Did you thin the SBF at all? I’ve found that if you thin at least the first couple of coats of it with mineral spirits, that it tend to absorb deeper into the wood. I cut it between 50-70% with mineral spirits. I put the last coat or two on at either full strength SBF, or close to it.

Wait until you get some thicker stock. You’ll feel spoiled on the glue-ups as it’s a lot less work.

-- Jonathan, Denver, CO "Constructive criticism is welcome and valued as it gives me new perspectives and helps me to advance as a woodworker."

View Woodwrecker's profile

Woodwrecker

3560 posts in 2174 days


#2 posted 1138 days ago

Looks great.
Nice job !

-- Having fun...Eric

View HawkDriver's profile

HawkDriver

447 posts in 1231 days


#3 posted 1138 days ago

That is some crazy purple purpleheart! Good job!

-- Patrick, Helicopters don't fly. They beat the air into submission.

View ElmoSr's profile

ElmoSr

240 posts in 1624 days


#4 posted 1138 days ago

nice board—but do you guys really use mineral spirits on cutting boards??

-- ElmoSr,Ga. Life is Hard by the Yard,,,But a Cinch by the Inch

View Jonathan's profile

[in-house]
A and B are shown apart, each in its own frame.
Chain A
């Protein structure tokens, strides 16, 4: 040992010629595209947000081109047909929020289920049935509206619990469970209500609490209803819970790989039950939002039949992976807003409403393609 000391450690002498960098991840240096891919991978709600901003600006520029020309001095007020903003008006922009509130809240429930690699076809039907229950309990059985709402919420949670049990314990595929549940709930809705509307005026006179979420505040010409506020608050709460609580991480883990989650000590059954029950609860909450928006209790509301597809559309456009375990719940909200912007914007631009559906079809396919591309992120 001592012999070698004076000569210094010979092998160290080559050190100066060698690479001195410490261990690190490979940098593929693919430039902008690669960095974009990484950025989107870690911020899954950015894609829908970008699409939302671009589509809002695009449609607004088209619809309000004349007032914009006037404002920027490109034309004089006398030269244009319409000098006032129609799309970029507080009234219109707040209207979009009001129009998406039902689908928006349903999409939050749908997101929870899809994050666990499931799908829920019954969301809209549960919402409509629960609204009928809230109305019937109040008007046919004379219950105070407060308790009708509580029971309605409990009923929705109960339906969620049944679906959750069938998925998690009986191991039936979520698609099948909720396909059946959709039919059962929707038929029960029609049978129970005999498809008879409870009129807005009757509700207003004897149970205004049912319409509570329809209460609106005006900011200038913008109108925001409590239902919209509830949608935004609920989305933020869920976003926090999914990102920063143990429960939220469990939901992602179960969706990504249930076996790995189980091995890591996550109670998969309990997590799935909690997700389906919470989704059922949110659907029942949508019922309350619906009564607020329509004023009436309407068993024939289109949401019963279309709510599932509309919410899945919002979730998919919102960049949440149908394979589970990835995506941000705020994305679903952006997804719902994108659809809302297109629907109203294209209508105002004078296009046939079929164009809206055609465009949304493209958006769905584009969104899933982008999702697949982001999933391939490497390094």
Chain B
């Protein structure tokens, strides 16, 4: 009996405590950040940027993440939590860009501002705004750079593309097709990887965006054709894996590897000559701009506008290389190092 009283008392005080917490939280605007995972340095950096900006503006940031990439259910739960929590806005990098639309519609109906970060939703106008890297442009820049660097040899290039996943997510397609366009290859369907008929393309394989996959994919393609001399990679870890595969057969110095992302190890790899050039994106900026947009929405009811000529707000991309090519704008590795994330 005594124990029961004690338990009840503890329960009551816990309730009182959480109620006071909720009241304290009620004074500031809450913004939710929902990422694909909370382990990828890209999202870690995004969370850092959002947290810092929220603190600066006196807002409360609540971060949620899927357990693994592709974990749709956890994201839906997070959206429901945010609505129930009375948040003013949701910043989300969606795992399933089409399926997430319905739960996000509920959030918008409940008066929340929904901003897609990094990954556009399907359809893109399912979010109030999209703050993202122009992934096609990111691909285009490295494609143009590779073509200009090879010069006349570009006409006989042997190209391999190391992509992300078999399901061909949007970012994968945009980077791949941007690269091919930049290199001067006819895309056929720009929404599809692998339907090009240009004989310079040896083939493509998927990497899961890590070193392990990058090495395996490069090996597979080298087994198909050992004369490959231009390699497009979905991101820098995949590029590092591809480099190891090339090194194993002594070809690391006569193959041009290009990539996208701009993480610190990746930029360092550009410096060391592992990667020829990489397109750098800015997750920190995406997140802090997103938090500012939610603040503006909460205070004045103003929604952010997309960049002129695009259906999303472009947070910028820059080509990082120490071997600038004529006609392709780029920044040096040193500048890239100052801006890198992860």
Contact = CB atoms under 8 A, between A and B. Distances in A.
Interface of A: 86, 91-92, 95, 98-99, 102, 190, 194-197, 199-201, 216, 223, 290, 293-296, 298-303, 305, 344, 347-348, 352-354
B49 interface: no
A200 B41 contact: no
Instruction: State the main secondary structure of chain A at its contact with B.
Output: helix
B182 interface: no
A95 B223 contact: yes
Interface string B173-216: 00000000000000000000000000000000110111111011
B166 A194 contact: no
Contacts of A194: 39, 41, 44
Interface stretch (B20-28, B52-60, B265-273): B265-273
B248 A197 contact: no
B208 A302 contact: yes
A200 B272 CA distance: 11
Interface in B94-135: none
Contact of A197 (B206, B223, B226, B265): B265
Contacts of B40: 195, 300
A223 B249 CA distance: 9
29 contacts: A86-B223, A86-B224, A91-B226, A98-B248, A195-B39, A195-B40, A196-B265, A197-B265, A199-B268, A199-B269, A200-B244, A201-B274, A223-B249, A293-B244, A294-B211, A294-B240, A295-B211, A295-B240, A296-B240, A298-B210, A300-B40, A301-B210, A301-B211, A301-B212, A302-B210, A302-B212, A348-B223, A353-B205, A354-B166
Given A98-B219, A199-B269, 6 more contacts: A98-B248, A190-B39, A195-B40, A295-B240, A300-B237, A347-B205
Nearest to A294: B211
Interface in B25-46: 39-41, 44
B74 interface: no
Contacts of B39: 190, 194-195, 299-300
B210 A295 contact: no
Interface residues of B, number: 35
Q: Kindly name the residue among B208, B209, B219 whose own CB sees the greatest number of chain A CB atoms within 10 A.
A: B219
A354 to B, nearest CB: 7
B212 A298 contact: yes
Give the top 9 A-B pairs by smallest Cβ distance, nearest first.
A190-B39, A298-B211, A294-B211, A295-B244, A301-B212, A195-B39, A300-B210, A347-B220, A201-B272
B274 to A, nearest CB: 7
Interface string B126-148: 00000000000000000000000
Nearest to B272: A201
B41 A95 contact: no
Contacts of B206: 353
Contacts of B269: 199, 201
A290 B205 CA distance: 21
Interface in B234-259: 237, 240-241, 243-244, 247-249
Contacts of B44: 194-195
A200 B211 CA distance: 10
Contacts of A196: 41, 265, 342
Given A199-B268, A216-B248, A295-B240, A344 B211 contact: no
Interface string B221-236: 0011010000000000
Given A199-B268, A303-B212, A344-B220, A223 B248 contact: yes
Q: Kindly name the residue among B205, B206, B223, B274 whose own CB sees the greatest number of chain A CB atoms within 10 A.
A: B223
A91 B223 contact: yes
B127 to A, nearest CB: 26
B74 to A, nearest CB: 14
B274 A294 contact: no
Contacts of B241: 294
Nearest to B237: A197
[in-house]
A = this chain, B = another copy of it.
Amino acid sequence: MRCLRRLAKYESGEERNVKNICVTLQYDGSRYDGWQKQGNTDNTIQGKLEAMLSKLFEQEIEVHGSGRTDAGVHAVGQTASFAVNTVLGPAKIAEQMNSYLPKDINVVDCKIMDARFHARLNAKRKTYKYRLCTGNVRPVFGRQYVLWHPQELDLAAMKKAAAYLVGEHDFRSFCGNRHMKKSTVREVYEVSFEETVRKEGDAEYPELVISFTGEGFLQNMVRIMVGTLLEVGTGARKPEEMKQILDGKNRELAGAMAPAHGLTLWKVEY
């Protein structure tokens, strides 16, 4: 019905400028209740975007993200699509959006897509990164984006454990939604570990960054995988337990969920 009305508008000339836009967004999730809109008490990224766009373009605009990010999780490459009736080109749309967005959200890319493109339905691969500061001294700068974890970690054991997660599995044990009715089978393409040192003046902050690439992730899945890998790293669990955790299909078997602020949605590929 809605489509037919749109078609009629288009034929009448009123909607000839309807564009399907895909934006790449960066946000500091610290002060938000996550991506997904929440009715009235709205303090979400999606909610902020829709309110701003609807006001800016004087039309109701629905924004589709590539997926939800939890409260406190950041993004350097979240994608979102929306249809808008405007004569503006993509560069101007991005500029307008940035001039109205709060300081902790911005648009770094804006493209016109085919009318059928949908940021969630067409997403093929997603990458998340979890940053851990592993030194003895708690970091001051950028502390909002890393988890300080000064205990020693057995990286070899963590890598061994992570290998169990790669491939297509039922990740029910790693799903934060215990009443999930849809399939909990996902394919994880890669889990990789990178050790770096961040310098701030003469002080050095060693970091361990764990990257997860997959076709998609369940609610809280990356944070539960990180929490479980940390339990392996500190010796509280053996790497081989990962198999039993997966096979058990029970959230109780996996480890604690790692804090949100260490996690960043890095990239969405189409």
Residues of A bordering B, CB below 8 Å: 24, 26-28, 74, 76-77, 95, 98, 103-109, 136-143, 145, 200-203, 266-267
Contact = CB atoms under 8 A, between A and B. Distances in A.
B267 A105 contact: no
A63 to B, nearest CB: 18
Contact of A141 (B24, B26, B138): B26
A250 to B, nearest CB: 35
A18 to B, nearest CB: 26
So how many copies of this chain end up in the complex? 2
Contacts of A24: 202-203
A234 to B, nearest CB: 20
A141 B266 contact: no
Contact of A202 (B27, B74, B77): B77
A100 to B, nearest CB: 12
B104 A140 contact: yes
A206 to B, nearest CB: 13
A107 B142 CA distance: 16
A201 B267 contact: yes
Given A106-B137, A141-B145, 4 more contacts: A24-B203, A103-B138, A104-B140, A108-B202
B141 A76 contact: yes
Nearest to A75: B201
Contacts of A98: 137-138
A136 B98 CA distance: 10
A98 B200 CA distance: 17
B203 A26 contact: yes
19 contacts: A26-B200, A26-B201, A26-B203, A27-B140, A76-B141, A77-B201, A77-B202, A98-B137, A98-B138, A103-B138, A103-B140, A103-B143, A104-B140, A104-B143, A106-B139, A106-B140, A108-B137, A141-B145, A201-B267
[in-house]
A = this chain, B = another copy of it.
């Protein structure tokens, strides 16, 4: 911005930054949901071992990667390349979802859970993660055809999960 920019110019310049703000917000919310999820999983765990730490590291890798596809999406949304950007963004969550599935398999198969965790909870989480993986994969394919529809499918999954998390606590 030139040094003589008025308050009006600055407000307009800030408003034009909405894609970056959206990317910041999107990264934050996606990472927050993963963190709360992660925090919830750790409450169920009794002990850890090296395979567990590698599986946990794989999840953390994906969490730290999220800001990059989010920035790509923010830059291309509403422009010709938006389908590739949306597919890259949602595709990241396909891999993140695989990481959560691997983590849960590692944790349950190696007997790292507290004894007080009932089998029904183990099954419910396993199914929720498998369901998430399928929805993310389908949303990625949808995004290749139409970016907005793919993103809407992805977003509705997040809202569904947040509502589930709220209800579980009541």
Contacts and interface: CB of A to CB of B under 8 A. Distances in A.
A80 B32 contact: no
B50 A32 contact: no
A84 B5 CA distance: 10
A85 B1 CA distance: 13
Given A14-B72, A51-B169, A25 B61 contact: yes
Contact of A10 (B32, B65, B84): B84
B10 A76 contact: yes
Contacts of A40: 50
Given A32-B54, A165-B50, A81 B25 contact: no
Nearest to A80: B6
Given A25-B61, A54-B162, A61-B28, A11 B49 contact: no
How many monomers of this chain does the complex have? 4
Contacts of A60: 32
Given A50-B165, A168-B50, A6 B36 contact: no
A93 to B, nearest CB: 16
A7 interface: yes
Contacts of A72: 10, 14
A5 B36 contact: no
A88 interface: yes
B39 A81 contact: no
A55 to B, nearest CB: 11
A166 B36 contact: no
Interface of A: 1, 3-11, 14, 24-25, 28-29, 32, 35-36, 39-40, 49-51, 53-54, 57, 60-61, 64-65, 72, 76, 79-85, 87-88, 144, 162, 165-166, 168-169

Jonathan

2603 posts in 1648 days


#5 posted 1138 days ago

@ElmoSr,

I have used mineral spirits to cut the Salad Bowl Finish, yes. Others use the same practice as it allows for deeper penetration of the SBF into the wood. It doesn’t have to be done, and I know the instructions say not to thin the SBF, but some thin it for the better penetration into the wood. There are solvents in the SBF itself, right out of the can.

-- Jonathan, Denver, CO "Constructive criticism is welcome and valued as it gives me new perspectives and helps me to advance as a woodworker."

View ElmoSr's profile

ElmoSr

240 posts in 1624 days


#6 posted 1137 days ago

i reckon that is why i use only mineral oil—scared of solvents in my stomach—-LOL—-i put enough other stuff in my inerds

-- ElmoSr,Ga. Life is Hard by the Yard,,,But a Cinch by the Inch

View Jeremy Greiner's profile

Jeremy Greiner

568 posts in 1370 days


#7 posted 1137 days ago

I think the idea is the mineral spirits evaporates away leaving a smaller amount of actual finish on the object, allowing for thinner coats. At least this is the idea when mixed with polyuerethane.

I read that mineral oil can go rancid on you, and I also read that most finishes are safe once they’re cured.

All in all I just played it safe due to my inexperience.

-- Easy to use end grain cutting board designer: http://www.1024studios.com/cuttingboard.html

View ElmoSr's profile

ElmoSr

240 posts in 1624 days


#8 posted 1137 days ago

the evaporation theory makes sense but from what i have read/seen vegetable oils go rancid,,,mineral oil doesnt,also mineral oil is non toxic, and putting poly on a cutting board IMO isnt good i want nothing but very safe products going to my clients

-- ElmoSr,Ga. Life is Hard by the Yard,,,But a Cinch by the Inch

View robdem's profile

robdem

308 posts in 1204 days


#9 posted 1136 days ago

Nice cutting board looks great hope to try and make some my self .